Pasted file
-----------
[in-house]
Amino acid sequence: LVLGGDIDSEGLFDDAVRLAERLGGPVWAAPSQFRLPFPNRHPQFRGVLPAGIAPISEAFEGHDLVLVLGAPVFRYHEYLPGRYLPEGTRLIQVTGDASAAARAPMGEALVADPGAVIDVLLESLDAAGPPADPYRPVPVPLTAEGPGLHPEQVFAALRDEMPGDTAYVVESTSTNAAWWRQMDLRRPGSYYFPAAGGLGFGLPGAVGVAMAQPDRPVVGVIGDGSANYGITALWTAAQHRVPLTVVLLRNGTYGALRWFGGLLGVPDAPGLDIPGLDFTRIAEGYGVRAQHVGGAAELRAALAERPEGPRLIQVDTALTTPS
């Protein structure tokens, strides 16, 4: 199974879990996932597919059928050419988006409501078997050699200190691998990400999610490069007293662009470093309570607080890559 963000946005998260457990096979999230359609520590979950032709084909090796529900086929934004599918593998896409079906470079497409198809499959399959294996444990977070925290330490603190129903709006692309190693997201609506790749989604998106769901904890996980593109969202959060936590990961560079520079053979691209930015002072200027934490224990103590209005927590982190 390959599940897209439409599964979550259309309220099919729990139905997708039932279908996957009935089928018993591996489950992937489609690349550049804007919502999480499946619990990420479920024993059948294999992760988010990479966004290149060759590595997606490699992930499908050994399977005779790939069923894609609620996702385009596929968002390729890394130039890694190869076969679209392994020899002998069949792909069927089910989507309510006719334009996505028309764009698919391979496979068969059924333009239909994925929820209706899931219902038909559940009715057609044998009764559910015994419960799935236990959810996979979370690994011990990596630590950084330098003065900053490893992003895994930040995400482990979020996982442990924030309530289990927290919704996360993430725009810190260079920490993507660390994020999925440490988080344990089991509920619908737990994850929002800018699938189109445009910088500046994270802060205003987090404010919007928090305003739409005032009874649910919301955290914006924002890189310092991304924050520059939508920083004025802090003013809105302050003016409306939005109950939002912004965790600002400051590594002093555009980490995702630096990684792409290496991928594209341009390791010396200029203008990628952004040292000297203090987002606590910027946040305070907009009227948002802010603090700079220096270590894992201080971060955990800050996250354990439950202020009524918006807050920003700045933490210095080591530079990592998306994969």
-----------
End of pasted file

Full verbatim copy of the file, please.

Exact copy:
[in-house]
Amino acid sequence: LVLGGDIDSEGLFDDAVRLAERLGGPVWAAPSQFRLPFPNRHPQFRGVLPAGIAPISEAFEGHDLVLVLGAPVFRYHEYLPGRYLPEGTRLIQVTGDASAAARAPMGEALVADPGAVIDVLLESLDAAGPPADPYRPVPVPLTAEGPGLHPEQVFAALRDEMPGDTAYVVESTSTNAAWWRQMDLRRPGSYYFPAAGGLGFGLPGAVGVAMAQPDRPVVGVIGDGSANYGITALWTAAQHRVPLTVVLLRNGTYGALRWFGGLLGVPDAPGLDIPGLDFTRIAEGYGVRAQHVGGAAELRAALAERPEGPRLIQVDTALTTPS
């Protein structure tokens, strides 16, 4: 199974879990996932597919059928050419988006409501078997050699200190691998990400999610490069007293662009470093309570607080890559 963000946005998260457990096979999230359609520590979950032709084909090796529900086929934004599918593998896409079906470079497409198809499959399959294996444990977070925290330490603190129903709006692309190693997201609506790749989604998106769901904890996980593109969202959060936590990961560079520079053979691209930015002072200027934490224990103590209005927590982190 390959599940897209439409599964979550259309309220099919729990139905997708039932279908996957009935089928018993591996489950992937489609690349550049804007919502999480499946619990990420479920024993059948294999992760988010990479966004290149060759590595997606490699992930499908050994399977005779790939069923894609609620996702385009596929968002390729890394130039890694190869076969679209392994020899002998069949792909069927089910989507309510006719334009996505028309764009698919391979496979068969059924333009239909994925929820209706899931219902038909559940009715057609044998009764559910015994419960799935236990959810996979979370690994011990990596630590950084330098003065900053490893992003895994930040995400482990979020996982442990924030309530289990927290919704996360993430725009810190260079920490993507660390994020999925440490988080344990089991509920619908737990994850929002800018699938189109445009910088500046994270802060205003987090404010919007928090305003739409005032009874649910919301955290914006924002890189310092991304924050520059939508920083004025802090003013809105302050003016409306939005109950939002912004965790600002400051590594002093555009980490995702630096990684792409290496991928594209341009390791010396200029203008990628952004040292000297203090987002606590910027946040305070907009009227948002802010603090700079220096270590894992201080971060955990800050996250354990439950202020009524918006807050920003700045933490210095080591530079990592998306994969």